There is at least one regular contributor to this thread who has predicted that the Democrats will hang on to the Senate, even if it's by Biden's tie-breaking vote. Has he recanted? Now granted, even his ideological brethren probably consider him to be a dim bulb, but there have been a wide range of mid-term outcomes predicted here. Perhaps if more regulars shared their predictions of a Democratic disaster, I wouldn't need to undertake as extensive an educational effort on the subject.

Picking up 5 Senate seats is no small accomplishment, but I will freely admit that the GOP will have under-performed if they fall short of taking control of the Senate. There is also a difference between getting to 51 seats, or closer to 54 or 55. A 1-vote margin only prevails on the issues Republicans are unanimous on, while a wider margin is likely to have a much greater impact. Is there a direct path from the 2014 mid-term to ObamaCare repeal? No, but it's a step in the right direction. If the GOP ends up with more House seats than they had after 2010, picks up 8-10 Senate seats, and holds its own in the Governors races or adds a governorship or two, the remaining Democrats will have some hard choices. They may be in safe districts or states, but if they want to regain majority status they'll likely have to move towards public opinion, and self-preservation will count for more than the wishes of the lame-duck Obama Administration. Outright repeal might not happen, but some legislative trimming is possible, with more to come if Republicans take the White House in 2016.
   1614. zenbitz Posted: June 10, 2014 at 04:54 PM (#4722789)
Worldwide, sure. But not in this country. We have a huge surplus of surface water in the midwest, southeast, and east, and acres upon acres of farmland lying fallow. We could easily support two or three times the population we currently do. (Though, you're correct, water resources in the west are a special case that limits the population growth there.) Clean air is not materially affected by population growth with proper policies. "Peak oil" is a myth. Biodiversity is a wishy-washy bullshit thing.

Worldwide overpopulation, a huge issue. But the western hemisphere is quite different.


Wouldn't the good neighbor thing to do be to allow unlimited immigration? That way you help out the "other hemisphere" and get to use up all our fallow farmland. Or whatever.

EDIT Guess I missed a few posts! Anyway... farmland and water aren't the issue. It's energy. More people == more energy consumption. Eventually we will figure out how to harness a greater fraction of the impinging solar radiation, but until then we are just burning 3 billion years of stored carbon. In the short run I don't think this is a big deal, but I like to take a 1,000 year view when I can.
   1615. Rickey! trades in sheep and threats Posted: June 10, 2014 at 04:55 PM (#4722793)
However, you argue while claiming to know nothing about the book, and to have no interest learning. Others here are just getting their information and views from a filtered, bias source.


I scan these diatribes about race when you guys go off on them, simply to make sure I don't miss a shocker where someone changes their mind. On the merits, I take the opinions of actual professional geneticists who post on the subject here more seriously than I take your cultural revolution for this Wade guy. I have little interest in your pimping a victim narrative for the guy. It bores me. Because it is boring.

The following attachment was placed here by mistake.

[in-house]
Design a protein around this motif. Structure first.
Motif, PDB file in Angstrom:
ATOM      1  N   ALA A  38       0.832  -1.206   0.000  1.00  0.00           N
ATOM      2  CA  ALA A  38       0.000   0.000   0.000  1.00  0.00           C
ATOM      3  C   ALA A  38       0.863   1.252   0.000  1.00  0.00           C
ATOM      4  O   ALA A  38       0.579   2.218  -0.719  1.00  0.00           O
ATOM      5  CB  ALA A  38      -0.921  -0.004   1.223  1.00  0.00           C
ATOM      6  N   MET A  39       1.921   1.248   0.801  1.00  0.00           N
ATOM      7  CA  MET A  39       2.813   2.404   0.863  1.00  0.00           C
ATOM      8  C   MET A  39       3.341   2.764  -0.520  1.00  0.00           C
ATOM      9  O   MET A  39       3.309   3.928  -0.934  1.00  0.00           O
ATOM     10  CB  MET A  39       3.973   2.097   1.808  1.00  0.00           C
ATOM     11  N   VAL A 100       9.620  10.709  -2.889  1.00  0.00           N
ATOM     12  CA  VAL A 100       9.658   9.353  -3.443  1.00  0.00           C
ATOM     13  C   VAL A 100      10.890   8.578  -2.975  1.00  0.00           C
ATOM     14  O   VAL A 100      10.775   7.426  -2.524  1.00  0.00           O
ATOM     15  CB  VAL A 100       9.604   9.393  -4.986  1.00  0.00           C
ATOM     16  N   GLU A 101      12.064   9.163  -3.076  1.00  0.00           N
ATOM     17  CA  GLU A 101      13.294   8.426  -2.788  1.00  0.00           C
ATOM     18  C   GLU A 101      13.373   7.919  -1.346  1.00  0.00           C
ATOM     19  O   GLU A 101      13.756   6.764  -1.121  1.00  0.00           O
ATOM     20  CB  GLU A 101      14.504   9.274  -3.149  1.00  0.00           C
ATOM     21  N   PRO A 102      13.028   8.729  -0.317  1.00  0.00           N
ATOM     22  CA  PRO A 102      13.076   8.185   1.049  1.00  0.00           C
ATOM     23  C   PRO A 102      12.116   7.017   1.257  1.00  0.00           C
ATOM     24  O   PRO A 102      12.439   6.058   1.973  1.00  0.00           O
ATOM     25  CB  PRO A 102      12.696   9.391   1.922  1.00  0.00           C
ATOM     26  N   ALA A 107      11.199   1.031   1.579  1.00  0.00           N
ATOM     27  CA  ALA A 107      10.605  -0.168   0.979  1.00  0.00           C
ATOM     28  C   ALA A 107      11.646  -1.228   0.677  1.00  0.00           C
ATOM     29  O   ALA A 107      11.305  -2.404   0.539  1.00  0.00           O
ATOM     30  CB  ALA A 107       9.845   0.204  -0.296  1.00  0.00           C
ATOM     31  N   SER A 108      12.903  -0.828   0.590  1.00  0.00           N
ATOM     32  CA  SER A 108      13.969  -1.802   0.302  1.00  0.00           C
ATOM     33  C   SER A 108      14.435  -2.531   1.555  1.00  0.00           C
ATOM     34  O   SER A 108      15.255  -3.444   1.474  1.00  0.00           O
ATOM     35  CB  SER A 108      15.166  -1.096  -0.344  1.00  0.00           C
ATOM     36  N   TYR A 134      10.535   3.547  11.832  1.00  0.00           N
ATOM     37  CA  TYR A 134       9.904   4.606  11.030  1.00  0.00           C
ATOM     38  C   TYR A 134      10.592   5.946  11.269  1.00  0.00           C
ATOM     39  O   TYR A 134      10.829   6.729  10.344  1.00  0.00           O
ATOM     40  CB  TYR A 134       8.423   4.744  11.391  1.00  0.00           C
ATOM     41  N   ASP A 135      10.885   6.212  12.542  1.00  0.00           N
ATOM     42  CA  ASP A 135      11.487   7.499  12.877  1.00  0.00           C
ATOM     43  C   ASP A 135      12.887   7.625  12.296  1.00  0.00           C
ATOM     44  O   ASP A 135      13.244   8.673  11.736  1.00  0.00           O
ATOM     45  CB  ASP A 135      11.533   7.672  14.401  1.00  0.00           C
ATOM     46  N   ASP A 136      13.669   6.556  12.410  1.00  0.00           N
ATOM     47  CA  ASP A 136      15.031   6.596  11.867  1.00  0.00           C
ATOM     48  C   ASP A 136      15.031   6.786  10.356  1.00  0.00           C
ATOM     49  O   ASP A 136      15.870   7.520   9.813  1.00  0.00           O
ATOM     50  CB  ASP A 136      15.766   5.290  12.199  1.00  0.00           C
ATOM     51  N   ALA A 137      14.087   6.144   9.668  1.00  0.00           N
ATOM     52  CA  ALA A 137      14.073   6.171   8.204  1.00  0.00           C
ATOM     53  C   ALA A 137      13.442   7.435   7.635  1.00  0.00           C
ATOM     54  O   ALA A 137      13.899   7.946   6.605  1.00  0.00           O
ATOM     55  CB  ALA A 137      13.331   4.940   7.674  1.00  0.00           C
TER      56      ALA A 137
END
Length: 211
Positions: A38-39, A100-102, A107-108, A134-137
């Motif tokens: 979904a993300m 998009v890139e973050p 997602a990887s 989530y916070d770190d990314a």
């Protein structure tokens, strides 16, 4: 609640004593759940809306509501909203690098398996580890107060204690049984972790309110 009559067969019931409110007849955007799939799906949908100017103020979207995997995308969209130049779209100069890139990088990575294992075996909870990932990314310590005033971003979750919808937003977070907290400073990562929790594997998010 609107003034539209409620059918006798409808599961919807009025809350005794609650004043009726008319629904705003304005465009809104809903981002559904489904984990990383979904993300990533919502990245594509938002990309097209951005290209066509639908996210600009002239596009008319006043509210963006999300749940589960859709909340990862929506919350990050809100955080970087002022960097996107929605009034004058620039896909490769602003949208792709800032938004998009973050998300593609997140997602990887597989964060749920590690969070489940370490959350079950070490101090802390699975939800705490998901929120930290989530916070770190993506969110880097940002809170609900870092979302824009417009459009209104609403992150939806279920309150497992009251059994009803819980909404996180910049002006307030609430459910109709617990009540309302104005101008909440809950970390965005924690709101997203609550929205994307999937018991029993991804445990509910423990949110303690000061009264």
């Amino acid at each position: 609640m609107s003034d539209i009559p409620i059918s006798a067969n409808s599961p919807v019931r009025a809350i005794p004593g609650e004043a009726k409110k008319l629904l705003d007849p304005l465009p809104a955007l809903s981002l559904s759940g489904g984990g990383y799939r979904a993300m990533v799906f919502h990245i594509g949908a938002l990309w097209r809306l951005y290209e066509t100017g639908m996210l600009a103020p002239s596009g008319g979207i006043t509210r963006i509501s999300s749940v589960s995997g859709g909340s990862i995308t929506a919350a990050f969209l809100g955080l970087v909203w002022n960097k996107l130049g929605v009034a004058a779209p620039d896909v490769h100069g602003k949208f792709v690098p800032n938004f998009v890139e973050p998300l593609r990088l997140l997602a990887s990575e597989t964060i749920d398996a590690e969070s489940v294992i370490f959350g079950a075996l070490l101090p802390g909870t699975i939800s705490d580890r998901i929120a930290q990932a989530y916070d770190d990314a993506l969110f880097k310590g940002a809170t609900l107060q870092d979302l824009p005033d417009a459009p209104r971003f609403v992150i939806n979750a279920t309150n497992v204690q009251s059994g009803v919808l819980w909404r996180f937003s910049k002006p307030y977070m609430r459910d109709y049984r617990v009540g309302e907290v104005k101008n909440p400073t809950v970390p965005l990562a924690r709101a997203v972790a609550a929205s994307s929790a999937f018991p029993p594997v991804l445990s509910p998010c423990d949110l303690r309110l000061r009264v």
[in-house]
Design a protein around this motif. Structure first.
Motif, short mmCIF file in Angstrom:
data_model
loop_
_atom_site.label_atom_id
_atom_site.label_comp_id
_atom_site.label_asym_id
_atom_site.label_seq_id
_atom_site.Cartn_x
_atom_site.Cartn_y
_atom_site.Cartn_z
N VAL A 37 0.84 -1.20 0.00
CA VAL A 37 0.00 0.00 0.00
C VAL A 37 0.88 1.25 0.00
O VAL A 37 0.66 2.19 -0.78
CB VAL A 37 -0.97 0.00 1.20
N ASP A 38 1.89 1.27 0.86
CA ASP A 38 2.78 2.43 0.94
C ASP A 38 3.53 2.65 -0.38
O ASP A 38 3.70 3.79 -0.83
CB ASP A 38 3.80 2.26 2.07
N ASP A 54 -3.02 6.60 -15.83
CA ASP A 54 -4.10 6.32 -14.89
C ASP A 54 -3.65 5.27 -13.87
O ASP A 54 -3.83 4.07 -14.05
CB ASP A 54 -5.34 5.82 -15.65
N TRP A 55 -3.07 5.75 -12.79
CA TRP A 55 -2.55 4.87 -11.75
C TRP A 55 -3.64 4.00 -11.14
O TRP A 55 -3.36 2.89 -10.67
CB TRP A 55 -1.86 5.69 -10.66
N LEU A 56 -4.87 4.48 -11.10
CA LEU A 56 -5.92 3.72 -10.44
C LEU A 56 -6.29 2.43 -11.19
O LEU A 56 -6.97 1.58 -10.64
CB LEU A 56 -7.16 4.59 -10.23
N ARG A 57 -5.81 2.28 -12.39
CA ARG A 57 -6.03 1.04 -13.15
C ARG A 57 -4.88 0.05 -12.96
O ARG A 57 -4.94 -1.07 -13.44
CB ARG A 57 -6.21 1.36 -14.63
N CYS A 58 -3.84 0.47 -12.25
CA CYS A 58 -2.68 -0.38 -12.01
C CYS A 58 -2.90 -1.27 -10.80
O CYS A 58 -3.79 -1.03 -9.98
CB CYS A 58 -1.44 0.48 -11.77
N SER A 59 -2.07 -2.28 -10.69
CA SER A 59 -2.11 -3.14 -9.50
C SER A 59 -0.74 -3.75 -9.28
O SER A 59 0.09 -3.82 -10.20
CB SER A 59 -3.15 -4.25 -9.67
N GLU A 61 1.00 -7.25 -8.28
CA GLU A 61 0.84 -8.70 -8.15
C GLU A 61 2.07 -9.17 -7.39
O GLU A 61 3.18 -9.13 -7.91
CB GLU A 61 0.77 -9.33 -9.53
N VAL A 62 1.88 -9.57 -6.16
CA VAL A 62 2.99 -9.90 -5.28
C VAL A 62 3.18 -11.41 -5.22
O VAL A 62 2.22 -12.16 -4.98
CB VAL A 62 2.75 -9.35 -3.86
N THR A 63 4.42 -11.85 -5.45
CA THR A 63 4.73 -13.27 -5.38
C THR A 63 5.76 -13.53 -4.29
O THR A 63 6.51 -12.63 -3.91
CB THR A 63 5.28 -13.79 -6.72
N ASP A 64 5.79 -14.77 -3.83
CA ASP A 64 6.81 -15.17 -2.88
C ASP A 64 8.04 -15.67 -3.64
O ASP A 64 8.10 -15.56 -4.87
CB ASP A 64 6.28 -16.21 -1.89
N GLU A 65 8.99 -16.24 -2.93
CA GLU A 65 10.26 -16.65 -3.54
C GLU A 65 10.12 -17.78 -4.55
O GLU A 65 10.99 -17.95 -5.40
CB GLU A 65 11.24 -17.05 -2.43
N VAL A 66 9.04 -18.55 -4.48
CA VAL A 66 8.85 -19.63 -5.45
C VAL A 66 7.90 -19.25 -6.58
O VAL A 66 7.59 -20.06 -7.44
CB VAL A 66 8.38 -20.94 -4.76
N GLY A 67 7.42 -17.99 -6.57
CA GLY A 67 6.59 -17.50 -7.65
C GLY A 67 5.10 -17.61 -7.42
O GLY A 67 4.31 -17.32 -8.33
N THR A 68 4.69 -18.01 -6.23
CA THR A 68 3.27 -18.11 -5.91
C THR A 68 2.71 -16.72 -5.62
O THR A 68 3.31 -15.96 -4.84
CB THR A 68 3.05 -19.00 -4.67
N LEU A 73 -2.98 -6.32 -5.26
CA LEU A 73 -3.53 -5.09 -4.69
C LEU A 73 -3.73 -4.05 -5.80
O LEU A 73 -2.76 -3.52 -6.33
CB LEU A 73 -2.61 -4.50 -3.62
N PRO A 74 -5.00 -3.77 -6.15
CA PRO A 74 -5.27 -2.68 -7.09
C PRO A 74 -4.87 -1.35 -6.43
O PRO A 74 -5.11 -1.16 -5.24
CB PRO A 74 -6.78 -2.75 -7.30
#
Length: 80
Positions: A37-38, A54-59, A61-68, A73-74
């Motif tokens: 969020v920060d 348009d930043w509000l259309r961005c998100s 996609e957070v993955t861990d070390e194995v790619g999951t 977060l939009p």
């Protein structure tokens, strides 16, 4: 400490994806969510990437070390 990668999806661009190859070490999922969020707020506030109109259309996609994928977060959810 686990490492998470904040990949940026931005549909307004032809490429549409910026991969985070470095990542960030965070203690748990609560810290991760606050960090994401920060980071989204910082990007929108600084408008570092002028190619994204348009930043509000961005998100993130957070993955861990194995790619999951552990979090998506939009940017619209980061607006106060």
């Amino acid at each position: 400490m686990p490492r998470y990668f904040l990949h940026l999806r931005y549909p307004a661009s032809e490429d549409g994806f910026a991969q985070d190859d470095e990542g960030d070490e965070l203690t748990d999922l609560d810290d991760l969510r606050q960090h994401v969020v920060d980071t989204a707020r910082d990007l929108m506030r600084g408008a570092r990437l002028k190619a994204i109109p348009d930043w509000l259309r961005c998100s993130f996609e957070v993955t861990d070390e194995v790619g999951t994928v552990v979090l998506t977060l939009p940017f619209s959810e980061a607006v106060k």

As for your claim that others are biased but your sources pure and unsullied with such paltry human guff, you're laughable on the face when you play that "Ah serve a higher truth than you, gentlemen. Good day, sir. I say, GOOD DAY!" card.
   1616. Rickey! trades in sheep and threats Posted: June 10, 2014 at 04:57 PM (#4722796)
This is one where I suspect you just lack knowledge, Mouse. There's a lot of green propaganda about overpopulation, but separating the "PEOPLE BAD! NATURE GOOD!" arguments from the arguments deriving from the way that an increased population would effect quality of life is important to making reasoned policy decisions.


7.5 billion screaming monkeys flinging #### and we need more? Please.
   1617. zenbitz Posted: June 10, 2014 at 04:58 PM (#4722797)
One thing I always wonder about when pharma comes under criticism is that the criticism seems like people think scientists are sitting on all sorts of "wonder drugs" but won't release them out of...I don't know, greed? Except wonder drugs are a good way to make money. Evilness? Incompetence? What exactly is it that people think pharma companies are trying to do? If they could make these drugs for a couple bucks and an afternoon of work, don't you think they would?


Probably the most meaningful criticism of the industry (other than "they charge too much" for the commie types) is that it's not at all cost effective to pursue disease "markets" where a treatment is worth less than $1B/year in revenue. There is a FDA program for "rare and orphan" diseases though. I guess the other paranoid thought is that drug companies only want to MAKE YOU DEPENDENT ON THEIR TREATMENTS rather than "cure" a disease. This might be true if there is no competition for a given therapeutic area (which of course, there is -- all the areas that are worth billions/year PLUS the fact that subtly different drugs will work better (or worse) on different folks).